Sex in history, by Gordan Rattray Taylor

While the excesses of perversion were probably confined to a comparatively small class within the community, the taste for violence and the ruthless readiness to ignore the interests of others seem to have been widespread. Some very grave disturbance of the child’s emotional links with the parent must have been occurring to produce such violence of aggression, such denial of feeling. Evidently there were powerful resentments directed towards the mother, uneasily combined with a powerful need to identify with her. Only thorough research into the circumstances of child upbringing will throw light on why this occurred.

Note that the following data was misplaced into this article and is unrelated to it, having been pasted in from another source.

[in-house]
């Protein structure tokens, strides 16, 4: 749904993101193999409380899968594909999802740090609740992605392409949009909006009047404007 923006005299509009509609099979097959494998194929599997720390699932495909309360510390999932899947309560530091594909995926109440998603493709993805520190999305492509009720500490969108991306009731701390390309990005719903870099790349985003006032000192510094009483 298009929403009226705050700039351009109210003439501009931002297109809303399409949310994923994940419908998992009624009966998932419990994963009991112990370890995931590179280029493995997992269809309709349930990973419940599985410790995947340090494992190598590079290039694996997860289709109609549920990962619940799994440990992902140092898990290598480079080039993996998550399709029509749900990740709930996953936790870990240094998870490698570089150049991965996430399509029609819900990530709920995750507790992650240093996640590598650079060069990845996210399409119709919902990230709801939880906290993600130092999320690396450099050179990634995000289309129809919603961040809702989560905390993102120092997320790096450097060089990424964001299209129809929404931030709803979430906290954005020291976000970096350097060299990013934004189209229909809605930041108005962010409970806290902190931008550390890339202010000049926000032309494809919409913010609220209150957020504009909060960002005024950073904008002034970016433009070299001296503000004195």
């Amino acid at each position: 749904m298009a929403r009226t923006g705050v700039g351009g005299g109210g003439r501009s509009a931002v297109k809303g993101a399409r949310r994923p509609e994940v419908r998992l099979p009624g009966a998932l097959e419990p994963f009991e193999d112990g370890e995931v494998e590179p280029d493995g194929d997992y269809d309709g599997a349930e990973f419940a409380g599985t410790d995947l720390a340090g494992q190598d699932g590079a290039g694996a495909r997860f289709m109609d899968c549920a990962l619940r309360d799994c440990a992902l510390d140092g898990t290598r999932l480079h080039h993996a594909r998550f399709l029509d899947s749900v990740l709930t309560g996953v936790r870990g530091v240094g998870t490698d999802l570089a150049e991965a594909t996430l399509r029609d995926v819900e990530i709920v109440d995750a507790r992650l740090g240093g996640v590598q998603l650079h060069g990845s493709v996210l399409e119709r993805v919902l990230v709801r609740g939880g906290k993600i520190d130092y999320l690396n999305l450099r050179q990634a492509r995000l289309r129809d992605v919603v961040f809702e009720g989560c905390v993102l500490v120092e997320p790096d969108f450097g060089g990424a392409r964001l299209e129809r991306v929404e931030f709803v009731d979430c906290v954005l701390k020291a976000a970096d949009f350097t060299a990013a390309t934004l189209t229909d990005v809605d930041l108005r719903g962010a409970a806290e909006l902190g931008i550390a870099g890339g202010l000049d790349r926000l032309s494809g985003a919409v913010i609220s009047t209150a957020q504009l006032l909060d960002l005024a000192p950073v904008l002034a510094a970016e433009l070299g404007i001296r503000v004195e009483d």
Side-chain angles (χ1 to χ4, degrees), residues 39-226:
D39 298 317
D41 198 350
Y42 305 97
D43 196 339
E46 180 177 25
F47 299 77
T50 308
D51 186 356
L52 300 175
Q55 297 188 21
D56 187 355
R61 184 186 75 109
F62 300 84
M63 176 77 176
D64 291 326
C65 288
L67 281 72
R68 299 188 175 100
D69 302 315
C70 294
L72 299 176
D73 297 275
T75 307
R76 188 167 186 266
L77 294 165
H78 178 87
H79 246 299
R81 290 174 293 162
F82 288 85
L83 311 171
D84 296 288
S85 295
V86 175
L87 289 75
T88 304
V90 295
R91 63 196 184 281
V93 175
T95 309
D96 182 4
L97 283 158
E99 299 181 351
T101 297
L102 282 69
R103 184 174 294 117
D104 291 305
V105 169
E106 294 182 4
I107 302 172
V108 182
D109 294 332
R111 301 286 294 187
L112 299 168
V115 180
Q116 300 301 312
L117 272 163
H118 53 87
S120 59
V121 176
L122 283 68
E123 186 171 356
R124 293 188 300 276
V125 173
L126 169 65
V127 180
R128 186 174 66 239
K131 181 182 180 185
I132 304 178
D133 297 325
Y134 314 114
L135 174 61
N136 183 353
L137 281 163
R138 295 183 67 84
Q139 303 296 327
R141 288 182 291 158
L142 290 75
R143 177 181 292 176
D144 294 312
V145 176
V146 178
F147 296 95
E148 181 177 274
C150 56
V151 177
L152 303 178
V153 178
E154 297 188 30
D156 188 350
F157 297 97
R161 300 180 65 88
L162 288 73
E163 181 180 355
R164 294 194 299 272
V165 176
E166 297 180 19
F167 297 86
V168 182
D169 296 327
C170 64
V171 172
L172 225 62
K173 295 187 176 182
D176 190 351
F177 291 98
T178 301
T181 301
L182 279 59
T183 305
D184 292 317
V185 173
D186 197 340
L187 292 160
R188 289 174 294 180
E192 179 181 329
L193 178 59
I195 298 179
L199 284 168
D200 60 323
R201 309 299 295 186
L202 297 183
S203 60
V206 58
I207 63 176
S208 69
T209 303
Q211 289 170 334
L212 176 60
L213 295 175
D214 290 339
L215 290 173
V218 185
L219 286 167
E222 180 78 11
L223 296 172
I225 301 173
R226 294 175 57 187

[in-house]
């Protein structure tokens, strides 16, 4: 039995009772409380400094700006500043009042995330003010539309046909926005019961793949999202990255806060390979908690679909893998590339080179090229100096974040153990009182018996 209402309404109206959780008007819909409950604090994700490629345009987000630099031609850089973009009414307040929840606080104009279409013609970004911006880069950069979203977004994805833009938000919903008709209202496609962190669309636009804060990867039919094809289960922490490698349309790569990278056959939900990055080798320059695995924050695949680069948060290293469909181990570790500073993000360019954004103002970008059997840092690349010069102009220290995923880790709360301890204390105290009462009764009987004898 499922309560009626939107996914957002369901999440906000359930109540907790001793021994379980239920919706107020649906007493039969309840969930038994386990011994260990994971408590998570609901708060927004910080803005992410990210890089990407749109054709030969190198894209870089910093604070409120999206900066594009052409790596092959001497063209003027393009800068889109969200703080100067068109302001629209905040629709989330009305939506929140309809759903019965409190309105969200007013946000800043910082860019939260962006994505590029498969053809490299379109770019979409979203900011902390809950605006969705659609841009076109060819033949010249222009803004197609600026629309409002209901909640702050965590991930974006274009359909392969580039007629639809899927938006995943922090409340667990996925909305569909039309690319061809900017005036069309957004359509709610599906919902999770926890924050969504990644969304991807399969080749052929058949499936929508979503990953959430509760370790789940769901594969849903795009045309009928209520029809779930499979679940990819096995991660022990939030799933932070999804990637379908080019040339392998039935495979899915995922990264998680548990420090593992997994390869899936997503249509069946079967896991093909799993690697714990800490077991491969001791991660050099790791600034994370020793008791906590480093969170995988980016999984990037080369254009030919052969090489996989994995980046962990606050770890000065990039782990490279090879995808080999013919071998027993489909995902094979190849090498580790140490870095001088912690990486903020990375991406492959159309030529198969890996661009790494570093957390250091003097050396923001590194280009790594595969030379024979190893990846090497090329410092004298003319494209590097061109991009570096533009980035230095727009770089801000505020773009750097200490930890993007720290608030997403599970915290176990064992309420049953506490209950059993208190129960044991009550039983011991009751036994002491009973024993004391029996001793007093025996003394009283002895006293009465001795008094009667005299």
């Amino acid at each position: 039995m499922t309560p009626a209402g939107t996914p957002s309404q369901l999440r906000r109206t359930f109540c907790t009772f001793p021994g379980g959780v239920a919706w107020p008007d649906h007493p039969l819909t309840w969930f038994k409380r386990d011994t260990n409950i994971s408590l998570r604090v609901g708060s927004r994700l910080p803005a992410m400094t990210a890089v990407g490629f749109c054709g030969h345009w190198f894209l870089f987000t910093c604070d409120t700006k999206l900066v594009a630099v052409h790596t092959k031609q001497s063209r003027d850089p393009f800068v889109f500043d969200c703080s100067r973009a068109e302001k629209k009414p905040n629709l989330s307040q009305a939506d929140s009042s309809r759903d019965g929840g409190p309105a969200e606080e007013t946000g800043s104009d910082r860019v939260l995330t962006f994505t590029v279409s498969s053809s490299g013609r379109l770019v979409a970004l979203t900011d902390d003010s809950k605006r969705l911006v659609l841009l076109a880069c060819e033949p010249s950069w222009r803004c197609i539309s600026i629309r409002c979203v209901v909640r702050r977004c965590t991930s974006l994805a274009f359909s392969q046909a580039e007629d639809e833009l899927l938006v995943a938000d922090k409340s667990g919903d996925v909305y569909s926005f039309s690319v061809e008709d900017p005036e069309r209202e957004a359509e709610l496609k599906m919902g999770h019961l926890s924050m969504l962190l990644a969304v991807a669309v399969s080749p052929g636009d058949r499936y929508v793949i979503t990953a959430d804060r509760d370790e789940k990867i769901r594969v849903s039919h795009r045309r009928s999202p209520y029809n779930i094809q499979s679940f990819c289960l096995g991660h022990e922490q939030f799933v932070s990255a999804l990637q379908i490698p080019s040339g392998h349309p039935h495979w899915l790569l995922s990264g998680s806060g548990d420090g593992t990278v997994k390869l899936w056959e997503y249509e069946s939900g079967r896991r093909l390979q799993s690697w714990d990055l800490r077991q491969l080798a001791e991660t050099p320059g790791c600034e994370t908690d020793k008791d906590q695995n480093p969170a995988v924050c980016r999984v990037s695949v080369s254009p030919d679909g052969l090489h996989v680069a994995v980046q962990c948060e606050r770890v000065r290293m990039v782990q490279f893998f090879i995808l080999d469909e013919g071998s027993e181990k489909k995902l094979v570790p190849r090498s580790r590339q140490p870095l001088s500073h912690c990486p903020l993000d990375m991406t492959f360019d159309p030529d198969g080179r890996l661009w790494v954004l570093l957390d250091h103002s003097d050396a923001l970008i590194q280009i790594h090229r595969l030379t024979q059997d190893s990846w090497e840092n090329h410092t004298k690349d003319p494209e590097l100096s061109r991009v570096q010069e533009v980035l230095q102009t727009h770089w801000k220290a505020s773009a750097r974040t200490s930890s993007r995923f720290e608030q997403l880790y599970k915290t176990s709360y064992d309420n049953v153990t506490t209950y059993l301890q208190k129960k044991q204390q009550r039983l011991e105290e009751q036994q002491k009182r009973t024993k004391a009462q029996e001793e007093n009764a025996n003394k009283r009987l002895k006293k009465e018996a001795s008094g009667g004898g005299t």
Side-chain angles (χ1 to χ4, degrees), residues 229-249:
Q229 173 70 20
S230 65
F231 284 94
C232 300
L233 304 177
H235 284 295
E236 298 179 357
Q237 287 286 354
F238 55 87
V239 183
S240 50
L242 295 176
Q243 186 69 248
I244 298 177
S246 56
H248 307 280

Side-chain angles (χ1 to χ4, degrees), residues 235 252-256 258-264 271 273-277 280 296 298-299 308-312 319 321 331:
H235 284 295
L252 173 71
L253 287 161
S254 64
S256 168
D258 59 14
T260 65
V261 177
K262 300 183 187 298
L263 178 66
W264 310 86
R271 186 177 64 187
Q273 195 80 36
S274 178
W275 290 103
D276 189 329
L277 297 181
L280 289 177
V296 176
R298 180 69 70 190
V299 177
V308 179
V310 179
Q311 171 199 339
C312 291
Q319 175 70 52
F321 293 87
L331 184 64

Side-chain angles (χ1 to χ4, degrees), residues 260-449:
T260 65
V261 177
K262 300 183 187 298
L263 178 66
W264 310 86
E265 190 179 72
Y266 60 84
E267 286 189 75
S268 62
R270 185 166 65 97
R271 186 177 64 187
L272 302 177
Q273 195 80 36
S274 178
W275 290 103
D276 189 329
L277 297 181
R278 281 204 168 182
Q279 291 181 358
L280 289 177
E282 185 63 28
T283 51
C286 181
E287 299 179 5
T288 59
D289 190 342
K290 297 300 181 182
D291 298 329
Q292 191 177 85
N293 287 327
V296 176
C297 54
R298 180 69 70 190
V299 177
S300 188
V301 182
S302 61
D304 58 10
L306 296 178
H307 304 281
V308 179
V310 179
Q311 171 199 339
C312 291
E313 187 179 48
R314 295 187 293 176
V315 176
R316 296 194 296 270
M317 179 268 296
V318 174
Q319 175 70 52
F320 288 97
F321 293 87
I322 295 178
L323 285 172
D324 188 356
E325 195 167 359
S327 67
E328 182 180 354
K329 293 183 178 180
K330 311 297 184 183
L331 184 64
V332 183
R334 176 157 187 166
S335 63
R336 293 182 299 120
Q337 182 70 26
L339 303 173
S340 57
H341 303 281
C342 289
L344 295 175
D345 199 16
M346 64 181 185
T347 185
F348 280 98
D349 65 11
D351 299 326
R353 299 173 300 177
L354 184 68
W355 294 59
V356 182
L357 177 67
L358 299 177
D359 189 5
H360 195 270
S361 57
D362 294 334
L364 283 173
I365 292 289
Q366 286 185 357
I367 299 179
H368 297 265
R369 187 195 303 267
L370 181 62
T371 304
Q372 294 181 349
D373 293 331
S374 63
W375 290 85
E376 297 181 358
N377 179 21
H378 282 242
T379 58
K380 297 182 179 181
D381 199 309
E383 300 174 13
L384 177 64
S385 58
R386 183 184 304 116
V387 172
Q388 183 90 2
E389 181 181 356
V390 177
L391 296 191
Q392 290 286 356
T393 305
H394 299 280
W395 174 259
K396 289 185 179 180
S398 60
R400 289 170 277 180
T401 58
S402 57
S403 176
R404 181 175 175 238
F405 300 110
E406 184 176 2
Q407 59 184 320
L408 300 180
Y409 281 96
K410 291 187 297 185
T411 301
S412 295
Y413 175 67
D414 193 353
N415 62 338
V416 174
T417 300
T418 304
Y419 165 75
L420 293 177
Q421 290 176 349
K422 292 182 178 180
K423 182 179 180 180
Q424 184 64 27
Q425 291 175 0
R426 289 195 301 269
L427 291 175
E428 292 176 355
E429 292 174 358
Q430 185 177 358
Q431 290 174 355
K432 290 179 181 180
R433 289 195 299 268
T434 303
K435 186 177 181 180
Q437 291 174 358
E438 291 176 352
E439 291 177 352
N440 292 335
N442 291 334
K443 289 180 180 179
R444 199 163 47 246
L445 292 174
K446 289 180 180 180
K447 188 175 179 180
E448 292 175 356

Certainly it was an age of failure to sublimate sexual libido. Failure to sublimate normally directed libido would help to account for the absence of romantic love— and hence for the Romantic Protest which was to flare up later in the century.

All in all, it may be regarded, I think, as a demonstration of what happens when there is failure to form a superego, and it is this which distinguishes it from periods of matrism. The frank sexuality of the pagan Celt or of the characters in Brantome, though not always devoid of violence, nevertheless has little in common with the obsessive need for sexual stimulus with its taints of sadism and perversion, which we find in the Age of Reason. Thus the period demonstrates something which the patrists find so hard to understand, the difference between licence and freedom.